New research suggests that long-term exposure to burning incense does present a danger to the respiratory tract including increased risks of nasal/sinus cancers and malignancies of the tongue, mouth and throat. While this new study, from Denmark, didn’t find any increased risk of lung cancer, the American Lung Association (ALA) has decided to list incense as a risk factor for all respiratory disorders. A spokesman for the ALA said that burning incense isn’t as big a risk to the lungs as smoking, but is still hazardous, because incense smoke contains known carcinogens such as polyaromatic hydrocarbons (PAHs), carbonyls, and benzene.
For this study the Danish researchers interviewed more than 61,000 Singapore Chinese between the years of 1993 and 1998. All of the participants were 45 to 74 years old at the time and none had cancer when they were first interviewed. The research team then followed the participants through 2005 and found that 325 of them developed respiratory tract cancers associated with incense use. The risks increased both in smokers and in individuals who never smoked indicating that smoke from burning incense has an independent effect on the respiratory tract. The study was published in the October 1, 2008 issue of Cancer.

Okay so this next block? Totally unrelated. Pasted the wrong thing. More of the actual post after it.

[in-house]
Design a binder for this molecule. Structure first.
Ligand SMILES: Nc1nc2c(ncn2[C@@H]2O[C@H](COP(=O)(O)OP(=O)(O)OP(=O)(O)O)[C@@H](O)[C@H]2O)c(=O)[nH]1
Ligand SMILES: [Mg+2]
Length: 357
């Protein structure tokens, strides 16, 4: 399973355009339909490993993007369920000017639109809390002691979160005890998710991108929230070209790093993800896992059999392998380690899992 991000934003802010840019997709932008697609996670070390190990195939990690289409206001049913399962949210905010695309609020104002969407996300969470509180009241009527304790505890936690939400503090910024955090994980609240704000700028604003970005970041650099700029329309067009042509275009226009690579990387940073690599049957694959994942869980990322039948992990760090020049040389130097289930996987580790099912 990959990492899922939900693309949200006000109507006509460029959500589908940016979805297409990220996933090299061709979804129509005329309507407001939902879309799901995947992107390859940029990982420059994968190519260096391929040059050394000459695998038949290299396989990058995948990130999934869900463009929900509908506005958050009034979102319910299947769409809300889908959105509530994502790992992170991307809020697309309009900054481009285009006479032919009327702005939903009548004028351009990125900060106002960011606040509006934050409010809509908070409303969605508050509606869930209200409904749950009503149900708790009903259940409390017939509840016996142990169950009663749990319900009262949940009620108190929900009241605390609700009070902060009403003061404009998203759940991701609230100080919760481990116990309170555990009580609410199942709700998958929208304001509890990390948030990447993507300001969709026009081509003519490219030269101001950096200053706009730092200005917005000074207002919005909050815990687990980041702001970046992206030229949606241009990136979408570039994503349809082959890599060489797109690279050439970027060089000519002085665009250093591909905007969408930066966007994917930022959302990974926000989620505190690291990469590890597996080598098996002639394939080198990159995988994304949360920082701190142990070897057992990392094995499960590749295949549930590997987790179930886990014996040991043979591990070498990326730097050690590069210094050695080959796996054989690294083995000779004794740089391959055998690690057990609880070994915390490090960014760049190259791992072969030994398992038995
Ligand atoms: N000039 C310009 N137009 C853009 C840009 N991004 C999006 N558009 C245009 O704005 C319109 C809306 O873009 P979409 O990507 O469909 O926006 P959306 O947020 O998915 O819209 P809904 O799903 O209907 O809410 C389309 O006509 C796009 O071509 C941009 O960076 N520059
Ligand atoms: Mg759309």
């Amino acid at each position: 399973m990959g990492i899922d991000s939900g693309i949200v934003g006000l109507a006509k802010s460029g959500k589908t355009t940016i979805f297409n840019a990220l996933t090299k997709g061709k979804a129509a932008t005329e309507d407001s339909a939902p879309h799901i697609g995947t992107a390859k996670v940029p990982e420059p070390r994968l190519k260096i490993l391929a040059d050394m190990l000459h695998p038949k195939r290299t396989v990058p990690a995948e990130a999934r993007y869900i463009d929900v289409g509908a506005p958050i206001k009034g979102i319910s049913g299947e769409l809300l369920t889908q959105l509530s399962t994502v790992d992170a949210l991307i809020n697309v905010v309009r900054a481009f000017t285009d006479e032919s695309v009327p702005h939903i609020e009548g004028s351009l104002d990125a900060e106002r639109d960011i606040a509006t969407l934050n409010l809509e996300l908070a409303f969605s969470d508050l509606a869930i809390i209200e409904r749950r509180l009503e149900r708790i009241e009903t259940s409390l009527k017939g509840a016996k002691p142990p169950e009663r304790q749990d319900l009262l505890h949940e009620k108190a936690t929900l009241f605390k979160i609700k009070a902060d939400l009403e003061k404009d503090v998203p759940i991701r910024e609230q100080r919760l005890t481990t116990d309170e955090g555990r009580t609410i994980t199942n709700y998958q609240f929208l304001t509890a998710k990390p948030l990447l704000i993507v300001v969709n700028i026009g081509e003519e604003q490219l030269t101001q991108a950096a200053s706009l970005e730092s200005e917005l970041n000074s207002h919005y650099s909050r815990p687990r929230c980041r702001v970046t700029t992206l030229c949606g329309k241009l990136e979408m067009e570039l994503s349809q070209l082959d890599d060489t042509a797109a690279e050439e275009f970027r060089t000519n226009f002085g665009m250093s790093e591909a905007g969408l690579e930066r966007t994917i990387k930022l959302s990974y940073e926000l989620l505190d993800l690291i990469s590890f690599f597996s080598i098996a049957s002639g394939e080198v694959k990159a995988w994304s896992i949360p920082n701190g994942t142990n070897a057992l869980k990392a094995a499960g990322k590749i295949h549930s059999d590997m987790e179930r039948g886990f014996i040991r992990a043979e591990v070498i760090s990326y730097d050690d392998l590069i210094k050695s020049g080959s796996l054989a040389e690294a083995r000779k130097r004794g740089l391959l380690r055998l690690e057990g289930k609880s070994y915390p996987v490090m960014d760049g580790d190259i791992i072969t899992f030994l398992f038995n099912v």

Earlier research from Taiwan showed that burning incense in a badly ventilated temple produced PAH concentrations 19 times higher than they were outside and slightly higher than they were at a local traffic intersection. Levels of the PAH benzopyrene, thought to cause lung cancer in smokers, were as much as 45 times higher in the temple than they were in homes where residents smoked tobacco. Concentrations increased dramatically during major ceremonies when more visitors than normal were present and hundreds – even a thousand or more – sticks of incense were burned simultaneously.
Whether or not you burn incense at home, you should be aware that any smoke can be a significant source of indoor air pollution, including combustion products from candles, which can emit varying amounts of soot and pollutants. If you must use candles, keep wicks trimmed to 1/2 inch, make sure there is no debris in the wax and don’t burn candles in a draft.
Andrew Weil, M.D.